Tesla Recalls 123,000 Model S Cars for Power Steering Bolts

Tesla issued today a voluntary recall on 123,000 pre-April 2015 Model S cars related to trouble with a set of bolts. A TMC thread titled “Power steering falling apart” has been discussing the issue since October.

“We have observed excessive corrosion in the power steering bolts, though only in very cold climates, particularly those that frequently use calcium or magnesium road salts, rather than sodium chloride (table salt),” Tesla said in a letter to owners. “Nonetheless, Tesla plans to replace all early Model S power steering bolts in all climates worldwide to account for the possibility that the vehicle may later be used in a highly corrosive environment.”

In the original post on TMC, Brass Guy wrote:

“All of a sudden, my steering started making some bad noises – clunks and screeches. Today I removed the tub and found 2 of the 3 bolts that mount the electric steering assist to the rack had sheared off.”

A photo of the issue shared by Brass Guy is above.

Tesla said they are not aware of any injury or accident related to the issue. They said it will take less than an hour of service to replace the bolts.

The email sent to Model S owners is below:

In order to ensure your safety, Tesla will proactively retrofit a power steering component in all Model S vehicles built before April 2016. (No other Tesla vehicles are affected.) There have been no injuries or accidents due to this component, despite accumulating more than a billion miles of driving.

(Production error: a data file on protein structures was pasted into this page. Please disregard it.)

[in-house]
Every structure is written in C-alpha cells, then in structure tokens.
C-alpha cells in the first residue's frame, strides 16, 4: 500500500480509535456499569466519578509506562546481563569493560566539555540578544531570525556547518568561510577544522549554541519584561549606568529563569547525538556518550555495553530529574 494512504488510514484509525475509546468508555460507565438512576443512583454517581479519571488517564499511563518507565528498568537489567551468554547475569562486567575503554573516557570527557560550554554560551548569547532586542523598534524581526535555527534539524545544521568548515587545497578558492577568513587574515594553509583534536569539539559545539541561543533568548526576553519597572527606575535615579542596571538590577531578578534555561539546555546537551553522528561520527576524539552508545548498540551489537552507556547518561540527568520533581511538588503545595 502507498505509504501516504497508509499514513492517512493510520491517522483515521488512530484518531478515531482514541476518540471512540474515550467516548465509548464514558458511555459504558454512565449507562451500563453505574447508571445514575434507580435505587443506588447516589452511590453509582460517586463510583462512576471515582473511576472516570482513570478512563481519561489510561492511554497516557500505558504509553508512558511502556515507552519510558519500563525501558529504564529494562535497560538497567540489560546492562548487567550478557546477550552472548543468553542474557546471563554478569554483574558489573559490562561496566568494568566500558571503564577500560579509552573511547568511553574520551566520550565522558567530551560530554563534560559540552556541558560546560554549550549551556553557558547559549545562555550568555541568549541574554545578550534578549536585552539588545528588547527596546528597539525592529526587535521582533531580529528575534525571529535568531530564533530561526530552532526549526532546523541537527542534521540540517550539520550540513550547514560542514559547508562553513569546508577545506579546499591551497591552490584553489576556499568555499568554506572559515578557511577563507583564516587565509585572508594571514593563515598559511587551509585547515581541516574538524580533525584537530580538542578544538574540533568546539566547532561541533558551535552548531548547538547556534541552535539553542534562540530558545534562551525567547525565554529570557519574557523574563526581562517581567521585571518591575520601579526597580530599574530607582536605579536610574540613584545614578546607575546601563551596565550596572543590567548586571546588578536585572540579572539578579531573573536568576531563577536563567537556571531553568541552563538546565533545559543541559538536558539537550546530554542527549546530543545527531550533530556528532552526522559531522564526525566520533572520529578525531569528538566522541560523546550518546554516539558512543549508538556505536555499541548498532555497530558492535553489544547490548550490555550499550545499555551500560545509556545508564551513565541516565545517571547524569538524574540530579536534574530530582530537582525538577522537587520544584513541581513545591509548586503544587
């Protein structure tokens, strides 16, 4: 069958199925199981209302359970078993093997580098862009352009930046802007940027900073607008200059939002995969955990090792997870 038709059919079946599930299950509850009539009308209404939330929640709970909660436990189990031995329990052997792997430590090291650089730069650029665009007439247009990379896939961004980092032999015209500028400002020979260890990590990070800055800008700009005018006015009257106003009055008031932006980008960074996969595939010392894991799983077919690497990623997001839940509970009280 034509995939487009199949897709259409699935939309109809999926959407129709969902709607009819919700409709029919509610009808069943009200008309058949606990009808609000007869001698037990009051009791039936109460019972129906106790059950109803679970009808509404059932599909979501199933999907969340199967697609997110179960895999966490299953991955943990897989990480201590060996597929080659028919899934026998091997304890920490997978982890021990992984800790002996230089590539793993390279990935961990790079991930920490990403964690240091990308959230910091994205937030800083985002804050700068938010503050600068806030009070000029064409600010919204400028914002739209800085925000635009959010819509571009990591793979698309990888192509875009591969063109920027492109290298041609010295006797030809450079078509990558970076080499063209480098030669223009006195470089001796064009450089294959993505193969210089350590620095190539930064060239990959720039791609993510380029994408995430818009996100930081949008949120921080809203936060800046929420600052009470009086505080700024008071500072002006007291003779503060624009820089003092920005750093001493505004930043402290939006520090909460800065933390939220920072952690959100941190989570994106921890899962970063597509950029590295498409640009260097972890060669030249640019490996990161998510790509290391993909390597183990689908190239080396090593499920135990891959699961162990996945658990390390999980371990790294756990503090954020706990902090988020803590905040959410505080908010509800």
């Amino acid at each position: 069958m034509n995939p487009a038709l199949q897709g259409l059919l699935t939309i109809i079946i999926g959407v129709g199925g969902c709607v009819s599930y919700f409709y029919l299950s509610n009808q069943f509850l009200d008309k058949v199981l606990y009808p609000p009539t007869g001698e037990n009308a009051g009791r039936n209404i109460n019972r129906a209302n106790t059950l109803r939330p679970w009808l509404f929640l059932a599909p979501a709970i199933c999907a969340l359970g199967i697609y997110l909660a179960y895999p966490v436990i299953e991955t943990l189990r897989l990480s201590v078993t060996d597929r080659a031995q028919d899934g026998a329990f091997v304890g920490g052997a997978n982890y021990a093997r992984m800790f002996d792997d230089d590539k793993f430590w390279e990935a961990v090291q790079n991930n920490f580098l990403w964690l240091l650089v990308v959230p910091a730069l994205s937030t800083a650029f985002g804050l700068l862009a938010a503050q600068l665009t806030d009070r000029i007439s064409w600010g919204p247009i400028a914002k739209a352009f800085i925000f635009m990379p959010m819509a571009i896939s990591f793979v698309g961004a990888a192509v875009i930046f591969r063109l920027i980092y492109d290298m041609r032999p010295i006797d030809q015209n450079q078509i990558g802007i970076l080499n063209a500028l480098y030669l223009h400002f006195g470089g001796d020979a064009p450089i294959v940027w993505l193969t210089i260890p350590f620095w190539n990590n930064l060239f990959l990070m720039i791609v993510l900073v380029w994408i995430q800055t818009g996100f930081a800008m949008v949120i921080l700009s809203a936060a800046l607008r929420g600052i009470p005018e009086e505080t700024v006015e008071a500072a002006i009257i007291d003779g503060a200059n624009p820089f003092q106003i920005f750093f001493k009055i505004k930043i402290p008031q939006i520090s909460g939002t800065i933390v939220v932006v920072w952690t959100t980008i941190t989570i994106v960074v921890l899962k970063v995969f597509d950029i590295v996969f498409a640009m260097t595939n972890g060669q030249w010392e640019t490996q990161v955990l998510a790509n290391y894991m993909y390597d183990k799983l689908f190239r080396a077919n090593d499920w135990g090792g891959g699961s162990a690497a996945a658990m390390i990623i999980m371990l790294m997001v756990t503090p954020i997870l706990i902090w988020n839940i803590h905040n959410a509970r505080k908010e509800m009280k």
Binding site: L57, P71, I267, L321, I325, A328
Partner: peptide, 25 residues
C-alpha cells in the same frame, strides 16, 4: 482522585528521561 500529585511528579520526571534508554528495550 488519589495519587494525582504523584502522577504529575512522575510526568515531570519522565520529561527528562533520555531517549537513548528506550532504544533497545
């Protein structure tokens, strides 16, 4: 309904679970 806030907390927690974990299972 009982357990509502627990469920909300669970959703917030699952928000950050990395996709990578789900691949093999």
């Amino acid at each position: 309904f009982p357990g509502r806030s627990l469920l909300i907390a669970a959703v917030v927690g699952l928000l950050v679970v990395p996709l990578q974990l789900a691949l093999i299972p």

To be clear, this recall does not apply to any Model X or Model 3 vehicles, only to Model S vehicles built before April 2016.

We have observed excessive corrosion in the power steering bolts, though only in very cold climates, particularly those that frequently use calcium or magnesium road salts, rather than sodium chloride (table salt). Nonetheless, Tesla plans to replace all early Model S power steering bolts in all climates worldwide to account for the possibility that the vehicle may later be used in a highly corrosive environment.

If the bolts fail, the driver is still able to steer the car, but increased force is required due to loss or reduction of power assist. This primarily makes the car harder to drive at low speeds and for parallel parking, but does not materially affect control at high speed, where only small steering wheel force is needed.

Our records show that you own a Model S affected by this voluntary recall. At this time there is no immediate action you need to take and you may continue to drive your Model S. Tesla will contact you to schedule an appointment when parts are available in your region. The retrofit will typically take around an hour.

Thank you for being a Tesla customer, and we apologize for this inconvenience. If you have any questions, please contact us by phone at 844-248-3752 or by email at [email protected]

 

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